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Pluto In Furs: Tales Of Diseased Desires And Seductive Horrors Kindle Edition
- ASIN : B08338KN1D
- Publisher : Plutonian Press (December 23, 2019)
- Publication date : December 23, 2019
- Language : English
- File size : 738 KB
- Text-to-Speech : Enabled
- Screen Reader : Supported
- Enhanced typesetting : Enabled
- X-Ray : Not Enabled
- Word Wise : Enabled
- Print length : 309 pages
- Page numbers source ISBN : 107461173X
- Lending : Enabled
- Best Sellers Rank: #1,409,125 in Kindle Store (See Top 100 in Kindle Store)
- Customer Reviews:
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The Tangible Universe - Jeffrey Thomas
Dermatology, Eschatology - Kurt Fawver
It's Hard to Be Me - John Claude Smith
The Gutter at the Bottom of the World - David Peak
Walking in Ash - Brendan Vidito
The Silvering - Thana Niveau
Stygian Chambers - Orrin Grey
Behemoth - Clint Smith
When Scott Dwyer handed me a freshly-printed copy of fledgling Plutonian Press's 'erotic horror' collection, Pluto In Furs, I had some doubts. The cover art was compelling, but with a marked air of salaciousness. And while I have no fundamental objection to smut, I tend to look for it in places other than my Weird Fiction. But Dwyer (the editor of the collection and found of the press) assured me in no uncertain terms that this was not a simple 'dirty book' full of cheap' thrills. I still had my misgivings, especially given that all but two of the authors were unknown to me. Scott talked a good game, though, and several conversations had already assured me of a sense of kinship in our literary ethics, so I resolved to give it a shot.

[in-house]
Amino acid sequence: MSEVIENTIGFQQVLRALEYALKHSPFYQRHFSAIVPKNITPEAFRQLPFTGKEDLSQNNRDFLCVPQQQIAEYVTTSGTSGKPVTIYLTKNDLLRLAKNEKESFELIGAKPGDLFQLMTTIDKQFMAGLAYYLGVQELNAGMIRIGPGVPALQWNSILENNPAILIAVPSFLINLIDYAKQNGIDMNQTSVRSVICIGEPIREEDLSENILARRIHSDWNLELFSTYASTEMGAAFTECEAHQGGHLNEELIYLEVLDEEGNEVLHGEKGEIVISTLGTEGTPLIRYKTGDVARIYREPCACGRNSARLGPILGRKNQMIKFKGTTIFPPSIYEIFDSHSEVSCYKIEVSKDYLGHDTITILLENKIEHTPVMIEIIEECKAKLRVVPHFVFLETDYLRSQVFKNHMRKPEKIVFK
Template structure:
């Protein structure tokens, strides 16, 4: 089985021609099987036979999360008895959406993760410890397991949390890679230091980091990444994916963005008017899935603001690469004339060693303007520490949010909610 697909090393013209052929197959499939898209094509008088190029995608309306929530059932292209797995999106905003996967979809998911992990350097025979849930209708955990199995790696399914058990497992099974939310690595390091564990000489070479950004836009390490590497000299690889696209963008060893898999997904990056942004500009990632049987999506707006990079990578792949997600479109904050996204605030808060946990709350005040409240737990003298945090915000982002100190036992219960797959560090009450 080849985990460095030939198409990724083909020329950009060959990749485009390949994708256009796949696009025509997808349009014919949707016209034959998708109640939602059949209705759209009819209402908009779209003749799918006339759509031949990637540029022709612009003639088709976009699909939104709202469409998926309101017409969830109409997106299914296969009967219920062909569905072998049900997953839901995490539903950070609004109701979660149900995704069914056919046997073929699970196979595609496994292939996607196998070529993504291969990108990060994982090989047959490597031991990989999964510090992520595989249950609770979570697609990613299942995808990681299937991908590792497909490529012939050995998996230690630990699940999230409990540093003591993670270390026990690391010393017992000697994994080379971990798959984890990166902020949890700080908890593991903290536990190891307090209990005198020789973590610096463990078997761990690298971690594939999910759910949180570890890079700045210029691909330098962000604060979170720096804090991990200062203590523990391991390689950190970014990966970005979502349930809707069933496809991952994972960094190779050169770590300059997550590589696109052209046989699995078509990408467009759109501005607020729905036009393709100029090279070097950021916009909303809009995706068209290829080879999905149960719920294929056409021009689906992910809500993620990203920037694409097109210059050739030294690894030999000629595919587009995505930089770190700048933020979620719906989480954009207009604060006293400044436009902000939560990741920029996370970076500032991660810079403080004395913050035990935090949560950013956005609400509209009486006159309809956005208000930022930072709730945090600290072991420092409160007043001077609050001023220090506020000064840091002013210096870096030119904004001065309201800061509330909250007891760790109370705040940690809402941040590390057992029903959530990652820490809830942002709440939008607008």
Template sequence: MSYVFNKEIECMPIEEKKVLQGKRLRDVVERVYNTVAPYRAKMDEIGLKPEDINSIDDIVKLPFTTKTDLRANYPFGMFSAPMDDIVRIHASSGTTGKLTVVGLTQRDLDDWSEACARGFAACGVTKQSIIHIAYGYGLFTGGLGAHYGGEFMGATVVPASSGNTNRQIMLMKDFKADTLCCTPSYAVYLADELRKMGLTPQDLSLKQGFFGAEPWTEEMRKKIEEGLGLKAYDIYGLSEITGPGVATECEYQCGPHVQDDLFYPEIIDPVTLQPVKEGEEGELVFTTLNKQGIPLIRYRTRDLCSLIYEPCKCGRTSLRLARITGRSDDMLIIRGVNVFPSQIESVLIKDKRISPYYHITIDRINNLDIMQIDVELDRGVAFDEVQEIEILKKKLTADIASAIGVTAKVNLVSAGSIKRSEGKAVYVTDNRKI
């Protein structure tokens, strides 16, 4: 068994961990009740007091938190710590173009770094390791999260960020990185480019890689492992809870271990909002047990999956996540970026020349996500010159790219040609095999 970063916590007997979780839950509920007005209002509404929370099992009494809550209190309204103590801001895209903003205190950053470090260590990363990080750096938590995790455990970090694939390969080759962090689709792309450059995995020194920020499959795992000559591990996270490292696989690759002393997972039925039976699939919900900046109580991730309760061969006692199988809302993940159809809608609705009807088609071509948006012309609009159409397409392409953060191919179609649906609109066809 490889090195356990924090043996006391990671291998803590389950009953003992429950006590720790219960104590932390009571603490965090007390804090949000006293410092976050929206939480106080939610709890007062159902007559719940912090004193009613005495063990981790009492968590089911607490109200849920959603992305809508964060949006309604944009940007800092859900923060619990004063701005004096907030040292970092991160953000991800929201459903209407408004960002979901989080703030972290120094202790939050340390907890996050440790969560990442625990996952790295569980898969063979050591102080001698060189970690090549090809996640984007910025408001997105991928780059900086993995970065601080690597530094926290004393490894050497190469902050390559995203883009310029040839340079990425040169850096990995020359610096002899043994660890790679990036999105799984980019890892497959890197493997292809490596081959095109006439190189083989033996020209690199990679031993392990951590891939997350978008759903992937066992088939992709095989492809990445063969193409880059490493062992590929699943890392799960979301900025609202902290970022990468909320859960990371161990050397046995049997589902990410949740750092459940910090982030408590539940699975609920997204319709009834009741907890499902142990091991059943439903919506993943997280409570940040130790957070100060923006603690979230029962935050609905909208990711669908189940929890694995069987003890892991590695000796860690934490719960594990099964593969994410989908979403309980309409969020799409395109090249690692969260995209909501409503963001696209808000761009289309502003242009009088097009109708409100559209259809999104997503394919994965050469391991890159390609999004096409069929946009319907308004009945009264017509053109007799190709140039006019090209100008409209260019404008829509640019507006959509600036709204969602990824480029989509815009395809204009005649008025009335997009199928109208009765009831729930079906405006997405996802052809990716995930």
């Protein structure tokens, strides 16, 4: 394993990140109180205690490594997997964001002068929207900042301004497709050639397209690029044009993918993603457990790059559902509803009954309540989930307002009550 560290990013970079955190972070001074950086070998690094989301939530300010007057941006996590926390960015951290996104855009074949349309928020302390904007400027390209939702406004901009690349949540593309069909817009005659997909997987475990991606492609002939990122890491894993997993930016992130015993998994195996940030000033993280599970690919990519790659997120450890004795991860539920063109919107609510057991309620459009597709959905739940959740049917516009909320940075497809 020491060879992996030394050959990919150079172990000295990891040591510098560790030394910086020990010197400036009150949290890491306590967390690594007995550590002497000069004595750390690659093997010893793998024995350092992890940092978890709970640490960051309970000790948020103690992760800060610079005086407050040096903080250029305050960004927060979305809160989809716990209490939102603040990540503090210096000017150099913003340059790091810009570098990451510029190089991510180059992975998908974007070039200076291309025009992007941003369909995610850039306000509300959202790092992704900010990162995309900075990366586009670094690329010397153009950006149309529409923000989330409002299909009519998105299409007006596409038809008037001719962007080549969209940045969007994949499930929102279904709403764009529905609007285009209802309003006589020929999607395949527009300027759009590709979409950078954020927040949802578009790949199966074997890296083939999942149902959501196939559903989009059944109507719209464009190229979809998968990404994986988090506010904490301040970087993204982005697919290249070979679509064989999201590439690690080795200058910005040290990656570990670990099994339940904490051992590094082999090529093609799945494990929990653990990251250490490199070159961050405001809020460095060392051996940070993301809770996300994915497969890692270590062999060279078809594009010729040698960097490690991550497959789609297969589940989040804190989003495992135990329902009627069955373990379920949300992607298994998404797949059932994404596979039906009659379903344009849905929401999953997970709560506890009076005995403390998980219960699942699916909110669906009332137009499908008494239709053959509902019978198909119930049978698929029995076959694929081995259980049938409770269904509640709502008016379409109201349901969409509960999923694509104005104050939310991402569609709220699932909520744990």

And then Jeffery Thomas exploded all over me in a shower of ruptured carbuncles, oozing chancres, and such staggering depths of unwholesomeness that my wife opined upon the necessity of a second bath after I read a paragraph to her in our hotel room last autumn. I couldn't recount a time in memory where a story caused such bile to rise in my gorge as did his opening piece, The Tangible Universe. But what troubled me most profoundly is that amidst the filth, amidst the horror and the sleazy depravity...there was a kernel deep inside of me yearning to creep forth and murmur in the quietest tones, "I get it. I get how that connection can fire. I want to be sick in a bucket, but I -get- it." I found myself feeling a sense of understanding. Of sympathetic tenderness. Of, dare I say it, guilty complicity in all the sordid goings on.
And I knew then that Scott was right. As the collection unfolded, all manner of connections were being drawn. Across time, across space. Across species lines, across GENUS lines. Across the veil between living and dead. But whatever the trappings, the one trait that every connection had in common was a shared sense of the horrific and the erotic. Some ran slightly more vanilla, some even further afield than Thomas's alluringly revolting opener. But each one provoking in its own right, posing questions, generating sensations, firing, connecting, disturbing, unnerving.